Manage versions can restore a different version of files contained in G Suite storage

File Permissions

When thinking about human error including accidental, unintentional, or intentional actions that lead to data loss, the scope of data loss in the G Suite Team Drive affects every member belonging to the team.  So, one user human error affecting data affects that data for all users with access to the Team Drive.

Properly controlling who has the Full Access permission will limit users who have the ability to outright delete files from Team Drive.  A simple bump of permissions down to the Edit Access level will allow modifying the contents of the file but not moving or deleting it.

Restore from Trash

With the Restore from Trash functionality, items that have been deleted from G Suite Team Drives can be restored by users who have Edit or Full Access permissions.  The items that are deleted by Team Drive users with Full access are stored in the trash for roughly 25 days.  After the 25 days in the trash, the item will be auto-purged from the trash.

G Suite administrators have the ability to restore items from Team Drives or even deleted Team Drives using the G Suite admin console.  Once again, the limitation of 25 days applies to the G Suite administrator as well.  Once the data has been auto-purged from the Trash, the data is gone forever if relying on this native built-in functionality found in G Suite.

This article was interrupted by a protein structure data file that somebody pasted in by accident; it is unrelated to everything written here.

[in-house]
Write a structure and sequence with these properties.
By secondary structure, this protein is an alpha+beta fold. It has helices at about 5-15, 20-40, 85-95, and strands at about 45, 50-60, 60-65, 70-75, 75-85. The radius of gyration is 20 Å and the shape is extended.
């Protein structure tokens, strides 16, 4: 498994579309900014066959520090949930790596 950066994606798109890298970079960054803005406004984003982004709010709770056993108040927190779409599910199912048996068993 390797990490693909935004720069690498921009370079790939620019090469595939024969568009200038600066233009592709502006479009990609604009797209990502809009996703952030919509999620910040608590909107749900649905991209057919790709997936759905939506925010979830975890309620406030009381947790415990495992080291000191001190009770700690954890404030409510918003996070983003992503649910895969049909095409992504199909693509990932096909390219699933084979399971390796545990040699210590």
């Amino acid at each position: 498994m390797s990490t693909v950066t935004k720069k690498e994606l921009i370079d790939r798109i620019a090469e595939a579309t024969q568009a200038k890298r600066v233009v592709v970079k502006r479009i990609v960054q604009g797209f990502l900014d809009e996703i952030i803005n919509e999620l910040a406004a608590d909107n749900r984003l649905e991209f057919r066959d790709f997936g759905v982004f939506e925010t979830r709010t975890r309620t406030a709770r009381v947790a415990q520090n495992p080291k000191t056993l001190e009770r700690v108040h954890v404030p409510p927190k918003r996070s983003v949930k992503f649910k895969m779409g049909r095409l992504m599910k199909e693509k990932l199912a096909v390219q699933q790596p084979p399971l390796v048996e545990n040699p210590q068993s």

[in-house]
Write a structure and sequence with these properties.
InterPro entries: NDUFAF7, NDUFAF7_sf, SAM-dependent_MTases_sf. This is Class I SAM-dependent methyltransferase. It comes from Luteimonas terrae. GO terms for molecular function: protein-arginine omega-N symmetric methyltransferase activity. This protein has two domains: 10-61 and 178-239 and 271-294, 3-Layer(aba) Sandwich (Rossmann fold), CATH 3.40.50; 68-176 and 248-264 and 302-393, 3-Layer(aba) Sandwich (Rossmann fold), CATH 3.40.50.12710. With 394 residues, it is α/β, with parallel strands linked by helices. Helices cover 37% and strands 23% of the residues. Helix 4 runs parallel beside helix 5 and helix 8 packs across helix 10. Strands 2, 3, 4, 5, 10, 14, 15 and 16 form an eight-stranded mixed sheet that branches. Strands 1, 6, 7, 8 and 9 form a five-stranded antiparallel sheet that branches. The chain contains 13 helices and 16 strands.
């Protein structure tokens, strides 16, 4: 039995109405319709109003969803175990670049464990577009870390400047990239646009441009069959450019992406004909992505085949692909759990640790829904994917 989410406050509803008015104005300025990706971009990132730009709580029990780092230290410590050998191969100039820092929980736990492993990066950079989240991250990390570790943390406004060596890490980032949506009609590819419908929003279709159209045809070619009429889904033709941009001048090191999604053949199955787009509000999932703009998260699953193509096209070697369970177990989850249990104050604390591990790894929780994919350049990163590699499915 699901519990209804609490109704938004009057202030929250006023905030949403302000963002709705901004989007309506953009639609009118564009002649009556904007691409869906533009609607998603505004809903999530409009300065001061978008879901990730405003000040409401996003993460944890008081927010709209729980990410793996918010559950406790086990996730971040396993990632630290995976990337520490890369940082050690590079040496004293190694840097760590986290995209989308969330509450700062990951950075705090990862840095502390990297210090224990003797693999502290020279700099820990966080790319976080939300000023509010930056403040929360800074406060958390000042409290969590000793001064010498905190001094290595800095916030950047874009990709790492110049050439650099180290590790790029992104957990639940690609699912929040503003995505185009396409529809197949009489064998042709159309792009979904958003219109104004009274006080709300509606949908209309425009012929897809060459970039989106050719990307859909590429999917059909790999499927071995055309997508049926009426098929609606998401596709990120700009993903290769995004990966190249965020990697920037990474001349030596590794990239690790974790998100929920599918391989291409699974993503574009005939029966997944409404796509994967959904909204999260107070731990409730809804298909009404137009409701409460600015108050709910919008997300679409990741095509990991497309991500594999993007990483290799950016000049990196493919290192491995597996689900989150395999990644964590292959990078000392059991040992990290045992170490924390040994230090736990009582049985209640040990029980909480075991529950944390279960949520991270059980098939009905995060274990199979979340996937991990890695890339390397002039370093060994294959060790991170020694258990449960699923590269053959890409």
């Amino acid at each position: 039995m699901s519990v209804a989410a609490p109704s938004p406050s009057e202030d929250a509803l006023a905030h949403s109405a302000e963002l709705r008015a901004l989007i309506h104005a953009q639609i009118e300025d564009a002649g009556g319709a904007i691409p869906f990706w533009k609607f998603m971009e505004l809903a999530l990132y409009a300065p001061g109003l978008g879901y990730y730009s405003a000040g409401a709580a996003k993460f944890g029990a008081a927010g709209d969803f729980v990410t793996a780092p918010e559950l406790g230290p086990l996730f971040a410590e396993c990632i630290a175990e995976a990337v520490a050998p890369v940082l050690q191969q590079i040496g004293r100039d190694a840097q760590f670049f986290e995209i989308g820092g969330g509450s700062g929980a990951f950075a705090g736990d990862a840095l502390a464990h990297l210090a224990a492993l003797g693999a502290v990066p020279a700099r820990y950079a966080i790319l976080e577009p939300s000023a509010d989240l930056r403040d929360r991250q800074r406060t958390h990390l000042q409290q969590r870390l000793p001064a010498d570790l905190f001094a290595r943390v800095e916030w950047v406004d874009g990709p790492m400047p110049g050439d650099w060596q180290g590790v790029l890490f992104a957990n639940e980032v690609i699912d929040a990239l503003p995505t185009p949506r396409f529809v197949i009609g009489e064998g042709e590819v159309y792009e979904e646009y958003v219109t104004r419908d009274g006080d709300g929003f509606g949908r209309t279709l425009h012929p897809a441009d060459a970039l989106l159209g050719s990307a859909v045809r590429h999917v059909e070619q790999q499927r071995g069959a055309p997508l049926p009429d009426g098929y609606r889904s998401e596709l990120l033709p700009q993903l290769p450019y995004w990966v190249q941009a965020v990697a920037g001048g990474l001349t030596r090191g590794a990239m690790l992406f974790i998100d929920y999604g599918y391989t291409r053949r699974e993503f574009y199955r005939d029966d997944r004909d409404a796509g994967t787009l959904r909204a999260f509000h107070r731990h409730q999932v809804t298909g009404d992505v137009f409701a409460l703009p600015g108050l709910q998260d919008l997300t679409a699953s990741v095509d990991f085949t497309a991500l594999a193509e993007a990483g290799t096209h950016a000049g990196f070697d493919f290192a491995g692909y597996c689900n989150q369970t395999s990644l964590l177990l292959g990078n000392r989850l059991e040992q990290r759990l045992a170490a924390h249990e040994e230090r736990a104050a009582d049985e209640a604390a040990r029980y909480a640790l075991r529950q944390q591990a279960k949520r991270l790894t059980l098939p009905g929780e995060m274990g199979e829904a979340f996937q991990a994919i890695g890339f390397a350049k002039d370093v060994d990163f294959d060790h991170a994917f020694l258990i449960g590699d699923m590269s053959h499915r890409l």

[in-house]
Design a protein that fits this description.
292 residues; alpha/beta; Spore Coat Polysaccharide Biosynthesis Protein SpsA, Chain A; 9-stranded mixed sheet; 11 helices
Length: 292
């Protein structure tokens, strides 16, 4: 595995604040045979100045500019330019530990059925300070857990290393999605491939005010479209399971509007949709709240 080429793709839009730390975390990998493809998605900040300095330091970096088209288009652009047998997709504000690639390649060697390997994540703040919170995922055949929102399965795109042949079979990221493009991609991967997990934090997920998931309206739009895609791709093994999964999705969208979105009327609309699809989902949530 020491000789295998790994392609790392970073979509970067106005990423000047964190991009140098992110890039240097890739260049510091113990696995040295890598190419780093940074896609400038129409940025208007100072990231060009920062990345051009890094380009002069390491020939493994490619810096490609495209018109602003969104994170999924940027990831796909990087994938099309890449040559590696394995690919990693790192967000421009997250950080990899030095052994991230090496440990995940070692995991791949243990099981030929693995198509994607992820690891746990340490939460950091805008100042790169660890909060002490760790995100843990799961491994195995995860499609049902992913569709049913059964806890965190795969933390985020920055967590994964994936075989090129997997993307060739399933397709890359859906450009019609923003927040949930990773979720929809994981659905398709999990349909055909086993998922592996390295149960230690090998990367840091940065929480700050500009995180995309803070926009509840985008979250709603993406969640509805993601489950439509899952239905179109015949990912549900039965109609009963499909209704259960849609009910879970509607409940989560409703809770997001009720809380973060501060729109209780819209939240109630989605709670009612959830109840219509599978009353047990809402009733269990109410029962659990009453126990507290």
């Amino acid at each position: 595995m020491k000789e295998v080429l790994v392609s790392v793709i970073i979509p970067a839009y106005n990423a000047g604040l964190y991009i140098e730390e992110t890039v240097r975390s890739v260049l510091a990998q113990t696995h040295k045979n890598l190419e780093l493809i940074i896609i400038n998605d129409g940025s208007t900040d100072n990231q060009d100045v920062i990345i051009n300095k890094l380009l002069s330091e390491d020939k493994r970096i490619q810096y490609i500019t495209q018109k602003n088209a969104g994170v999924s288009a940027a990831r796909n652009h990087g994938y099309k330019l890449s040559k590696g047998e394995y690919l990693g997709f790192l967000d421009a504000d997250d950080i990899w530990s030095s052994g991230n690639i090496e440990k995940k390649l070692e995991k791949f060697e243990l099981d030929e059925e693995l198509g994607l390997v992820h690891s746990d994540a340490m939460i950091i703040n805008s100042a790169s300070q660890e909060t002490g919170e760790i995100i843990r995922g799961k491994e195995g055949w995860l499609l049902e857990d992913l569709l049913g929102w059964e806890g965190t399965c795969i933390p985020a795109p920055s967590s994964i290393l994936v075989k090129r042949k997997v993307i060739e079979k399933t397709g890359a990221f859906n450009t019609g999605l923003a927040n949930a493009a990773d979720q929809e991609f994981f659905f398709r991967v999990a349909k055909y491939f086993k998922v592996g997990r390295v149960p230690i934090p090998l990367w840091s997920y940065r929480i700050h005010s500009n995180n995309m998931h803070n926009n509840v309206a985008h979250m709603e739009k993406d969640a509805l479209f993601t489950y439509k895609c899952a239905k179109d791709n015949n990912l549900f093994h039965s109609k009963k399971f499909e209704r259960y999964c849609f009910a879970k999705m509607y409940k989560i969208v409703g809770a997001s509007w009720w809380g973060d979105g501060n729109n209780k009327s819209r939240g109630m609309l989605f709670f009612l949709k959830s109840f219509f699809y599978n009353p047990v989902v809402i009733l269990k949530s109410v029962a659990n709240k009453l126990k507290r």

Restoring an item from the Trash bin in Google public cloud storage

More Data Protection in the Cloud Needed

Today’s “always-on” web-driven businesses need more protection for business-critical data than the simplistic capabilities afforded to them by the default capabilities of G Suite Team drives.  Businesses need a data protection solution that allows them to create custom RPO and RTOs based on their individual business needs.